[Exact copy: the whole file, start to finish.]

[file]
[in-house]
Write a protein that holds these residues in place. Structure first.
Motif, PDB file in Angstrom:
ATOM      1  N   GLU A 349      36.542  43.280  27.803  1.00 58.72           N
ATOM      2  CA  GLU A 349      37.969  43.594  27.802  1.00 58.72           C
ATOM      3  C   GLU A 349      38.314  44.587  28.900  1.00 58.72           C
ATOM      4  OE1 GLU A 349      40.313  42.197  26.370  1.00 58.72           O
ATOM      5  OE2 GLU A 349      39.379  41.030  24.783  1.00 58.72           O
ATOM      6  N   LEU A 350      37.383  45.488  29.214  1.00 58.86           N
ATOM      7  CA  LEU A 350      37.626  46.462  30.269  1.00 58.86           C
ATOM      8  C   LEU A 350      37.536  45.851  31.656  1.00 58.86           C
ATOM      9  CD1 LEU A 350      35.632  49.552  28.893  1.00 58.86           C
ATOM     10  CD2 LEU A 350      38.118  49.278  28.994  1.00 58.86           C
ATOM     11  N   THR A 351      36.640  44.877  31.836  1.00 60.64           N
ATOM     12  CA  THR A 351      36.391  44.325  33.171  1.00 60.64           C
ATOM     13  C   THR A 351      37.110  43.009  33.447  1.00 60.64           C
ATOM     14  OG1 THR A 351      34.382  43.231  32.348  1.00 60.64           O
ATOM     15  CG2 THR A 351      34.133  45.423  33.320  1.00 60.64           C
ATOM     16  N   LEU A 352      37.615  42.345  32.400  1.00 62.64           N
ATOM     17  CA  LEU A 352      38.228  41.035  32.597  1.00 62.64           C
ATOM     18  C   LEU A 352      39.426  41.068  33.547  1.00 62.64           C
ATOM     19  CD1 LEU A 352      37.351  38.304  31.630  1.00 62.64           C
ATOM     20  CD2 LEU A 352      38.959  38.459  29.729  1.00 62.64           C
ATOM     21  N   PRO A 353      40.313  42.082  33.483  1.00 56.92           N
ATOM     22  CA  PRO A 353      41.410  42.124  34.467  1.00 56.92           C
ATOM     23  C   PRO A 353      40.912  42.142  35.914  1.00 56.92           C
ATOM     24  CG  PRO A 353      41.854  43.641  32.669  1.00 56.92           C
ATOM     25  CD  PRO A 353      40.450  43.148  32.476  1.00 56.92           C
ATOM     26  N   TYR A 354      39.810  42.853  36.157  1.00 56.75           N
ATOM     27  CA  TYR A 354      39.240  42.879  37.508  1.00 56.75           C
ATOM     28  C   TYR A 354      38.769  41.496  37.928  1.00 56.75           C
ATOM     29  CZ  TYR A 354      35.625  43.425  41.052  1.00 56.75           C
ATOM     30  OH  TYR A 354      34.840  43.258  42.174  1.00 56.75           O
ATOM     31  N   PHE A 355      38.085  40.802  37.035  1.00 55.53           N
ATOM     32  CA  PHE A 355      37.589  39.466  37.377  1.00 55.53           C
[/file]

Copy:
[in-house]
Write a protein that holds these residues in place. Structure first.
Motif, PDB file in Angstrom:
ATOM      1  N   GLU A 349      36.542  43.280  27.803  1.00 58.72           N
ATOM      2  CA  GLU A 349      37.969  43.594  27.802  1.00 58.72           C
ATOM      3  C   GLU A 349      38.314  44.587  28.900  1.00 58.72           C
ATOM      4  OE1 GLU A 349      40.313  42.197  26.370  1.00 58.72           O
ATOM      5  OE2 GLU A 349      39.379  41.030  24.783  1.00 58.72           O
ATOM      6  N   LEU A 350      37.383  45.488  29.214  1.00 58.86           N
ATOM      7  CA  LEU A 350      37.626  46.462  30.269  1.00 58.86           C
ATOM      8  C   LEU A 350      37.536  45.851  31.656  1.00 58.86           C
ATOM      9  CD1 LEU A 350      35.632  49.552  28.893  1.00 58.86           C
ATOM     10  CD2 LEU A 350      38.118  49.278  28.994  1.00 58.86           C
ATOM     11  N   THR A 351      36.640  44.877  31.836  1.00 60.64           N
ATOM     12  CA  THR A 351      36.391  44.325  33.171  1.00 60.64           C
ATOM     13  C   THR A 351      37.110  43.009  33.447  1.00 60.64           C
ATOM     14  OG1 THR A 351      34.382  43.231  32.348  1.00 60.64           O
ATOM     15  CG2 THR A 351      34.133  45.423  33.320  1.00 60.64           C
ATOM     16  N   LEU A 352      37.615  42.345  32.400  1.00 62.64           N
ATOM     17  CA  LEU A 352      38.228  41.035  32.597  1.00 62.64           C
ATOM     18  C   LEU A 352      39.426  41.068  33.547  1.00 62.64           C
ATOM     19  CD1 LEU A 352      37.351  38.304  31.630  1.00 62.64           C
ATOM     20  CD2 LEU A 352      38.959  38.459  29.729  1.00 62.64           C
ATOM     21  N   PRO A 353      40.313  42.082  33.483  1.00 56.92           N
ATOM     22  CA  PRO A 353      41.410  42.124  34.467  1.00 56.92           C
ATOM     23  C   PRO A 353      40.912  42.142  35.914  1.00 56.92           C
ATOM     24  CG  PRO A 353      41.854  43.641  32.669  1.00 56.92           C
ATOM     25  CD  PRO A 353      40.450  43.148  32.476  1.00 56.92           C
ATOM     26  N   TYR A 354      39.810  42.853  36.157  1.00 56.75           N
ATOM     27  CA  TYR A 354      39.240  42.879  37.508  1.00 56.75           C
ATOM     28  C   TYR A 354      38.769  41.496  37.928  1.00 56.75           C
ATOM     29  CZ  TYR A 354      35.625  43.425  41.052  1.00 56.75           C
ATOM     30  OH  TYR A 354      34.840  43.258  42.174  1.00 56.75           O
ATOM     31  N   PHE A 355      38.085  40.802  37.035  1.00 55.53           N
ATOM     32  CA  PHE A 355      37.589  39.466  37.377  1.00 55.53           C